International Journal of Entrepreneurship (Print ISSN: 1099-9264; Online ISSN: 1939-4675)

Research Article: 2023 Vol: 27 Issue: 6

The Use of Intrapreneurship and Internal Startups as Corporate Innovation Accelerators...

Rodrigo Guerra Garcia, Federal University of Santa Catarina

Ana Maria Bencciveni Franzoni, Federal University of Santa Catarina

Michel Becker, Federal University of Santa Catarina

Citation Information: Becker, M., Bencciveni Franzoni, Am., Garcia, RG.,(2023). The Use Of Intrapreneurship And Internal Startups As Corporate Innovation Accelerators. International Journal of Entrepreneurship, 27(S6),1-9


This study conducts bibliographical research on studies focusing on intrapreneurship and internal startups and the fundamental strategic resources required for organisational transformation movement aimed at building a culture of continuous innovation. Additionally, it aims to understand the practical application of the theoretical framework by examining (i) a case study of Bosch; and (ii) the regulatory guidelines that are being developed to encourage the creation of innovative companies, such as the practice of regulatory sandboxes, also referred to as the experimental regulatory environment.


Intrapreneurship; Internal startup; Corporate innovation.


How can new business models that are more collaborative, efficient, and sustainable be developed? The underlying theme that drives this research centres on investigating intrapreneurship and internal startups as instruments aimed at promoting innovation, flexibility, and adaptability.

Large corporations have already adopted open innovation, intrapreneurship (or corporate entrepreneurship), and internal startup development to generate new businesses and improve their internal processes. Such actions seek to link innovation to all activities performed within an organisation to foster an environment of continuous learning and corporate transformation.

It is necessary to establish simplified special conditions to stimulate the development of innovative business models and to allow testing of experimental techniques and technologies. Thus, this study seeks to verify the regulatory framework and legal initiatives aimed at removing barriers that hinder the experimentation phase of new products and/or services. The regulatory sandbox practice has been used as an innovation-inducing tool and a relevant indicator for assessing a country’s regulatory capacity for innovation.

This study’s objective is to analyse studies that examine theories on intrapreneurship and internal startups as accelerators for continuous innovation and corporate sustainability through bibliographical research. Further, it aims to identify normative facilitators that provide an ecosystem of innovation to enhance the creation and viability of startups.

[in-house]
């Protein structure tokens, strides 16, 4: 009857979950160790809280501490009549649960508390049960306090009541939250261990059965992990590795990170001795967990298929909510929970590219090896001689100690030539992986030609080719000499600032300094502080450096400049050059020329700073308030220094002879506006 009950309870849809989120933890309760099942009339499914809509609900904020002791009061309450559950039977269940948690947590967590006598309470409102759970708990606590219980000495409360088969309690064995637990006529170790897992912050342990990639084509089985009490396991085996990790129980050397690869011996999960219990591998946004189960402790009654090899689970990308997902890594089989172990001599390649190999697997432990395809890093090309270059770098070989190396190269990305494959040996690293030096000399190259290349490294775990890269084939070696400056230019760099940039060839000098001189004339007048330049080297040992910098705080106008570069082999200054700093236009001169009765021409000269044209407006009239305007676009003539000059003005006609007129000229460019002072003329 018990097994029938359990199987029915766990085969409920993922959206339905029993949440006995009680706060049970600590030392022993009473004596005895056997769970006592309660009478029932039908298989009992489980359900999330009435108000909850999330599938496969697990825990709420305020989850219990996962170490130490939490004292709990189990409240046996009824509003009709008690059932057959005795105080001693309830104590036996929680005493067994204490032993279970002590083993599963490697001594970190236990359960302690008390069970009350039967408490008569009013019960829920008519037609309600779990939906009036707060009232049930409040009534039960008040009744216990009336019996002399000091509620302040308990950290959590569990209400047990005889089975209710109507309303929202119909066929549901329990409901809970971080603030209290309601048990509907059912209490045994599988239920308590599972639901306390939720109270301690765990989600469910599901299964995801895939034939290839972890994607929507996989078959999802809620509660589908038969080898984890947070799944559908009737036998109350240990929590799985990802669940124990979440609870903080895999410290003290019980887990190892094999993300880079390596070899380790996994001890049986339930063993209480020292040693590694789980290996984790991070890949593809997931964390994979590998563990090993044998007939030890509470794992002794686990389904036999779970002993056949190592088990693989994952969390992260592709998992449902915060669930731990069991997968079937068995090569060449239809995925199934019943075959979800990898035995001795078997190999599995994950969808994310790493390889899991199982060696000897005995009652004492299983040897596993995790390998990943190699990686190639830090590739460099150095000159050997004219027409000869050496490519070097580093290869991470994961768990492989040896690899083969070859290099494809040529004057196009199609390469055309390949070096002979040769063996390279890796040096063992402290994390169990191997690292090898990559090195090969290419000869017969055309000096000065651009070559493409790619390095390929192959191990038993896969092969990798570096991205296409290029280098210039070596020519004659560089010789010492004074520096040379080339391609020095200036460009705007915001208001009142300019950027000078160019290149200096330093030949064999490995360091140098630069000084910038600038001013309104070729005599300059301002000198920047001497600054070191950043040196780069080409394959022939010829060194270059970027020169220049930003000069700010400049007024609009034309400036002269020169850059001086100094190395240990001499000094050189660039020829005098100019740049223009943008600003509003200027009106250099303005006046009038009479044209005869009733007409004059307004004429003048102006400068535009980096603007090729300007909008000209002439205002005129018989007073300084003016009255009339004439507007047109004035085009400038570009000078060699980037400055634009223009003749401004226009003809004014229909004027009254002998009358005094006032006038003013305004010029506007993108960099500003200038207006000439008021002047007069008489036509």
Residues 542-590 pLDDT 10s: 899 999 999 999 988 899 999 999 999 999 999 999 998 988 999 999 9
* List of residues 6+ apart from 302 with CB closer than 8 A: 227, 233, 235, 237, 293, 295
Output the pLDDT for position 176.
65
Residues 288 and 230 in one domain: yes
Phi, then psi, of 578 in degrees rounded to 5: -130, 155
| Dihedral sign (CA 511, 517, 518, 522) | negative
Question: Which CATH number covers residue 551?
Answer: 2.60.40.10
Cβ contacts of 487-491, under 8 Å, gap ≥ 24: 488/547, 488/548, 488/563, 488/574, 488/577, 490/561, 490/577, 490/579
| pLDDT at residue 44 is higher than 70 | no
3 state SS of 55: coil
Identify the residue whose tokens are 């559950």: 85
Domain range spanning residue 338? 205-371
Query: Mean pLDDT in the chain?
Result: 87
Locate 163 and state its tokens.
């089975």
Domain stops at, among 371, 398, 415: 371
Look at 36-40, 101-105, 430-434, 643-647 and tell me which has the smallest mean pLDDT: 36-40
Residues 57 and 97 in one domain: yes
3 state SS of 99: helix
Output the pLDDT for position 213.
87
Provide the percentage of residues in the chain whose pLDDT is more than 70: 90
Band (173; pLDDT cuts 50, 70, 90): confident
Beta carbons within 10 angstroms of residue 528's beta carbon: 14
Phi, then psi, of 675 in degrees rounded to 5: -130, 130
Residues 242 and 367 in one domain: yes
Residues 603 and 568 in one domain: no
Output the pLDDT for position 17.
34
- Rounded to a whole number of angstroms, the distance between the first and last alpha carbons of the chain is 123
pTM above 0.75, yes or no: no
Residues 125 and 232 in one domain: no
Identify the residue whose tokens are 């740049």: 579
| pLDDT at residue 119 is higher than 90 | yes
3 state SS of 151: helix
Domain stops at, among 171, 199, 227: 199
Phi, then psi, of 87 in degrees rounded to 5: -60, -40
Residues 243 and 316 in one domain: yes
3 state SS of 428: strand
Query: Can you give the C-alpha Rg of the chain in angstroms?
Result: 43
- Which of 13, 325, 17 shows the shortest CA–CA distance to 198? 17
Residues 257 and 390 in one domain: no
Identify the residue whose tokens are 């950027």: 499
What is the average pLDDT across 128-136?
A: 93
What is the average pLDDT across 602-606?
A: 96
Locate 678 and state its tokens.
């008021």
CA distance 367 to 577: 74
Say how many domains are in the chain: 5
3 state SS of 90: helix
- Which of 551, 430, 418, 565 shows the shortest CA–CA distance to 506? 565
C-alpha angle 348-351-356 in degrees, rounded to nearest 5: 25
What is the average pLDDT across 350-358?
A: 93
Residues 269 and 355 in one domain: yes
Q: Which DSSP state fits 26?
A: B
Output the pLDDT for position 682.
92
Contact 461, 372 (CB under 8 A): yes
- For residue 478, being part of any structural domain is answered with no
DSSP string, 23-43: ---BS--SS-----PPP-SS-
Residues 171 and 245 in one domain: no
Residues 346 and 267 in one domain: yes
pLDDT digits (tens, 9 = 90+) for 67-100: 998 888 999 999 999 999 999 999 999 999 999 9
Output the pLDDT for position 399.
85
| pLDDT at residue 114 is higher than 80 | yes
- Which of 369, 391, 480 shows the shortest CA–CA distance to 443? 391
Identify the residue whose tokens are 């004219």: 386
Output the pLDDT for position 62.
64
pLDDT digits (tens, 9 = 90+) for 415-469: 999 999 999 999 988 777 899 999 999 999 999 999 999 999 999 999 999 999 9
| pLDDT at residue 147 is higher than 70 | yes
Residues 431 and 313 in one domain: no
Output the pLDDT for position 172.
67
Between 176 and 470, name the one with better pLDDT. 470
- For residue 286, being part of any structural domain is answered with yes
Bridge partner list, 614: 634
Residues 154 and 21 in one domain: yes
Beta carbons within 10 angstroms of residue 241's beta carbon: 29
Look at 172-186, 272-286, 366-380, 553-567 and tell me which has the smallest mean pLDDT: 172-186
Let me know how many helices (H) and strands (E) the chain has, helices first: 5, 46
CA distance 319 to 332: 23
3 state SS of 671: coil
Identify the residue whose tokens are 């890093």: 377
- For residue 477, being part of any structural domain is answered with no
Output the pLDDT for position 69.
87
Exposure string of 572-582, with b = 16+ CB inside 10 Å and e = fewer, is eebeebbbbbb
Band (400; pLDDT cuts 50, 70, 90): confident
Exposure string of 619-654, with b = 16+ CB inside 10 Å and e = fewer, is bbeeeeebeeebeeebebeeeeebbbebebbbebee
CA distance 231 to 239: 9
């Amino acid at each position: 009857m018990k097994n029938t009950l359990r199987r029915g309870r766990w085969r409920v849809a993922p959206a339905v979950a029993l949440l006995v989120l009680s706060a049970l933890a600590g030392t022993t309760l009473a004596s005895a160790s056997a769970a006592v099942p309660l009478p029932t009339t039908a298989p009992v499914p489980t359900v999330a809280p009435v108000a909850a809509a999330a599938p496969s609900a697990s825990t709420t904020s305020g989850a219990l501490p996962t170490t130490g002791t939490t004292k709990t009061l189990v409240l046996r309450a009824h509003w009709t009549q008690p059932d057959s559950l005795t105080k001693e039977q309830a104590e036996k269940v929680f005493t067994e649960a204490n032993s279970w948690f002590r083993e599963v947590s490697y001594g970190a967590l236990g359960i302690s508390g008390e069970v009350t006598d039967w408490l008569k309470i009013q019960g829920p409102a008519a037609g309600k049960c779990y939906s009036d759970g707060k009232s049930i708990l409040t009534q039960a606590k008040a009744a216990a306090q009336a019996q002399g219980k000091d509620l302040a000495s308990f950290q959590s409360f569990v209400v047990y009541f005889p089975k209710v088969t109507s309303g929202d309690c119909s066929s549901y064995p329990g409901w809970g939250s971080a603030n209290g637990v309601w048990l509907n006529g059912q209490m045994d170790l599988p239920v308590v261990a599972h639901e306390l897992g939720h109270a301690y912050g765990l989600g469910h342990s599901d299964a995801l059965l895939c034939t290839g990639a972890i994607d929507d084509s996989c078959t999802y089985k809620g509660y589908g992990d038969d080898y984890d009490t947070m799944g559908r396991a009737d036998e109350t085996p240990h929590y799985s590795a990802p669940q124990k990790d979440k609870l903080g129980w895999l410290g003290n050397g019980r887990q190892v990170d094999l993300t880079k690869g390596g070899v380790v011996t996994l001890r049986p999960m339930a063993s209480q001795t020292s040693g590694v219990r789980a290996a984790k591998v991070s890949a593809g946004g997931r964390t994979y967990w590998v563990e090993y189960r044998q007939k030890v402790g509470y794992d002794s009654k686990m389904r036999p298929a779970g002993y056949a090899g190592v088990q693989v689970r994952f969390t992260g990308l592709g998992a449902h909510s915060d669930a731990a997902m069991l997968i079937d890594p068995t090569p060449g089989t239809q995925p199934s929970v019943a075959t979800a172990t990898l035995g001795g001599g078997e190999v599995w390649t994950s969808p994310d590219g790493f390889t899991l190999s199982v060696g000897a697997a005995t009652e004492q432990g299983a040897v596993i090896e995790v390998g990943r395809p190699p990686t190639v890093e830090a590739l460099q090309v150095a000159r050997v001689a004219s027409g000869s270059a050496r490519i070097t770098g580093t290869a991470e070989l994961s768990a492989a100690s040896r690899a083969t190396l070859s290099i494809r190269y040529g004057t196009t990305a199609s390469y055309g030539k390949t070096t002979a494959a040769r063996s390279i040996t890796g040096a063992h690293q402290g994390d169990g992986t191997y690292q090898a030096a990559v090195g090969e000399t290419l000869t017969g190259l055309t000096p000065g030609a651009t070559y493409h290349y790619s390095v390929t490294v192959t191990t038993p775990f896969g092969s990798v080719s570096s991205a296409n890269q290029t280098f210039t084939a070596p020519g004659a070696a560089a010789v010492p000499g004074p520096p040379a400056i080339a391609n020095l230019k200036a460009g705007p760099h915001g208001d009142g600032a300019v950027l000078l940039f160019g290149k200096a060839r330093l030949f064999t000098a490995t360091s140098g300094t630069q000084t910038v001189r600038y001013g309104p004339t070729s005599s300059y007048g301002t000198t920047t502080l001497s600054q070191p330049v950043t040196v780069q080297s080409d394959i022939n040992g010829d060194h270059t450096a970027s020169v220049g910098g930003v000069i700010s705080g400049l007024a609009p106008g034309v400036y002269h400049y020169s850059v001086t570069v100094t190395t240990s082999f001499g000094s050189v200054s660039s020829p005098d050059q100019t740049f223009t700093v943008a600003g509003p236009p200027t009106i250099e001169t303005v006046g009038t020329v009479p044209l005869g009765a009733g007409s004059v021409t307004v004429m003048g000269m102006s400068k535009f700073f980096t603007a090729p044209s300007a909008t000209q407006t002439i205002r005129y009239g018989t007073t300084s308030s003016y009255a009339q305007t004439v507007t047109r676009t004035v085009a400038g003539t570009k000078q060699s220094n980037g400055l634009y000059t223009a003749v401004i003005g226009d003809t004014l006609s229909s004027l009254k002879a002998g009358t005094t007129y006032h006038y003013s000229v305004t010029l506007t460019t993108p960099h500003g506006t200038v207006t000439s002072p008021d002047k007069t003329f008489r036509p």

Research Methodology

To achieve this study’s objectives, we conducted bibliographical research on studies related to the research topic; institutional documents, laws, and normative acts were consulted. This research focused on articles discussing the theme available in the Google Scholar and Portal Periódicos Capes knowledge bases.

We conducted our search by using the following keyword combinations within the search fields of the selected databases: 1. ‘intrapreneurship’ or ‘intrapreneur’ and ‘corporate innovation or internal startups’; 2. ‘intrapreneurship’ and ‘corporate innovation’; 3. ‘intrapreneur’ or ‘internal startups’; 4. ‘intrapreneur’ and ‘corporate innovation’; 5. ‘intrapreneurship’ and ‘internal startups.’

A total of 688 documents were retrieved. We included articles that: (a) contained the research terms, in the title, abstract, keywords, or body of the text; (b) contained full texts, were free of charge, and available through CAPES access and Download via Google Scholar; (c) were in English, Spanish, and Portuguese; (d) were published from 2010 onwards. Quality criteria were also applied when selecting articles and institutional documents by carefully reviewing the titles, abstracts, and keywords of all publications identified by the search strategy. New filtering was performed and studies that adhered to the research theme were selected; 36 articles remained after this process. A synthesis matrix was developed to organise the information and knowledge extracted from the selected studies. Subsequently, the information gathered from the texts analysed was compared and interpreted.

Theoretical Framework

This section discusses concepts related to intrapreneurship and internal startups as fundamental strategic resources for the movement of transformation and corporate innovation.


Intrapreneurship is a fundamental strategic resource for sustaining the organisational transformation movement aimed at fostering a culture of continuous innovation. This model aims to develop an entrepreneurial attitude and encourage proactive behaviour among employees in the search for corporate solutions to improve internal processes or new business opportunities, using an organisation’s talents.

The term intrapreneurship was coined by businessman Gifford Pinchot in 1978, emerging from the term ‘intra-corporate entrepreneuring’ (intracorporate entrepreneurship). (Pinchot, 1989) emphasises that the role of intrapreneurship is not solely to enhance efficiency and innovation within organisations, but also to organise companies to restore their activities as a contribution to society.” This suggests that companies are organised in a manner such that their activities contribute to society. Furthermore, the author refers to intrapreneurship to describe employees of large corporations who are recruited to think and act like entrepreneurs (Pinchot, 1989).